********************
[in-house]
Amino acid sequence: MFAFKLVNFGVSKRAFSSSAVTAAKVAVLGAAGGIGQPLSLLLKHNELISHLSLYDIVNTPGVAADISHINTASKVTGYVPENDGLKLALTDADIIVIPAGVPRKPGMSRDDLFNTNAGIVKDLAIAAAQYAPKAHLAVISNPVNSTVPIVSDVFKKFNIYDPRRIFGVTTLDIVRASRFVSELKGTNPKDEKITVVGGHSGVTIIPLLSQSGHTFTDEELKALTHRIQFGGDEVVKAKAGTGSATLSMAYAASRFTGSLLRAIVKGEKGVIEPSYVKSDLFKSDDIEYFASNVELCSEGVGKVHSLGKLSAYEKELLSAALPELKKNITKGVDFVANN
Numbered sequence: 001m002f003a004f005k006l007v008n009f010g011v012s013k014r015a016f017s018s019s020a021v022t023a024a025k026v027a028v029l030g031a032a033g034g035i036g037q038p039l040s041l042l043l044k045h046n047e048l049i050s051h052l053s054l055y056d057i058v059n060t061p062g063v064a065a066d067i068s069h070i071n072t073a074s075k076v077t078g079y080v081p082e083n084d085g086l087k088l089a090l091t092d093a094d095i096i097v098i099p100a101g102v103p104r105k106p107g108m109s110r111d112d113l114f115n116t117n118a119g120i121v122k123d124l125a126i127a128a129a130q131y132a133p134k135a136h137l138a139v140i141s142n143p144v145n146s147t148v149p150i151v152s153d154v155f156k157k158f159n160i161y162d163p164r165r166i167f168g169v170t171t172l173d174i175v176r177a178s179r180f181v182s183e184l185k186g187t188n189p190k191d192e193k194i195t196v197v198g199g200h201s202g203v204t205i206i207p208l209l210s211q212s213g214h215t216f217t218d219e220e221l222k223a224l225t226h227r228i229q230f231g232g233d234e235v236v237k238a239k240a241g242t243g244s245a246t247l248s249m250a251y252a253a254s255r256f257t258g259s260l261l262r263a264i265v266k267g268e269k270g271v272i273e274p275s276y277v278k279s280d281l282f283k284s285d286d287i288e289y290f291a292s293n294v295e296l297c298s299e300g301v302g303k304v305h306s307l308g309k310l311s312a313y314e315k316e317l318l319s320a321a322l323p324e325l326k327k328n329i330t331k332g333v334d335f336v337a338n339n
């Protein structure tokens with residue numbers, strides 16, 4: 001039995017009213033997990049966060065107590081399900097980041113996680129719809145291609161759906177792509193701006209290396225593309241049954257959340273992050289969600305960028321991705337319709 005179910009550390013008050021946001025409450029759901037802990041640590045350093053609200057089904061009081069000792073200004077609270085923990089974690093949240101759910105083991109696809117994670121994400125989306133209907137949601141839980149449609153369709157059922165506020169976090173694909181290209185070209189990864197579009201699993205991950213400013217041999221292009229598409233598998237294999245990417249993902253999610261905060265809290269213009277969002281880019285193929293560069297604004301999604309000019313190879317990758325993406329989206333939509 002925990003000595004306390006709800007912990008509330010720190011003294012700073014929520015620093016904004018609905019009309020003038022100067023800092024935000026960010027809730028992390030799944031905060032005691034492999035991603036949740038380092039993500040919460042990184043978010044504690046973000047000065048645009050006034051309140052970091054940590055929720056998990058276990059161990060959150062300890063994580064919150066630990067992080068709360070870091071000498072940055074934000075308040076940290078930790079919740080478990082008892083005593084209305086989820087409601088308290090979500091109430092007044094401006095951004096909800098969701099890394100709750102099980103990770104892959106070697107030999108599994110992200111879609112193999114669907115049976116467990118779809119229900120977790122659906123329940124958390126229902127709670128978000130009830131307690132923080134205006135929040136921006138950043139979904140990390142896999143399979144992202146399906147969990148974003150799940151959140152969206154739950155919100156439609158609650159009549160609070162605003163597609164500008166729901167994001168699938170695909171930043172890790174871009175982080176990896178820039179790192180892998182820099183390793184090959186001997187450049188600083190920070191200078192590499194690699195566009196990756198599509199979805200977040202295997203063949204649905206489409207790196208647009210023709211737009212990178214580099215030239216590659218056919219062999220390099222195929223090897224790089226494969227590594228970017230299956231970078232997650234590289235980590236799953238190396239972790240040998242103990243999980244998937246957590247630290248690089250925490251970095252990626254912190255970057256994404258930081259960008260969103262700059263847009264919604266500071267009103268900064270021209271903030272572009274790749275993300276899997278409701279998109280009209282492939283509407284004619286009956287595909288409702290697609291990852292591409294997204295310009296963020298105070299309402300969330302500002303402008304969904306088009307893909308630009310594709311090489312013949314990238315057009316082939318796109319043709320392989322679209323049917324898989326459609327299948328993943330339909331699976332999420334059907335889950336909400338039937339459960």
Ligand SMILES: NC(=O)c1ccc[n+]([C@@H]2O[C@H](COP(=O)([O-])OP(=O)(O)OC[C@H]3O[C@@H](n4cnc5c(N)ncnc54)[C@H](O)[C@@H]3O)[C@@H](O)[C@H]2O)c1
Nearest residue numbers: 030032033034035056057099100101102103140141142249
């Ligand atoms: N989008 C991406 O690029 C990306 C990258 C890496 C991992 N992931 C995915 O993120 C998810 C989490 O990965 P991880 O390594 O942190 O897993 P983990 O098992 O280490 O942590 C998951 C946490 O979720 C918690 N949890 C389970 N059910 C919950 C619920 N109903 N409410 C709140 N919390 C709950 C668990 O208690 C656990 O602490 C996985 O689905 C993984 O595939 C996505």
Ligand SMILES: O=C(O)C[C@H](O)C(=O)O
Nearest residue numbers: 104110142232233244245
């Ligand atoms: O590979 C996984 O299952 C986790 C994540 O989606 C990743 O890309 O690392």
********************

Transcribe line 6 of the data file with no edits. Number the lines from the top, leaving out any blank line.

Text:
Nearest residue numbers: 030032033034035056057099100101102103140141142249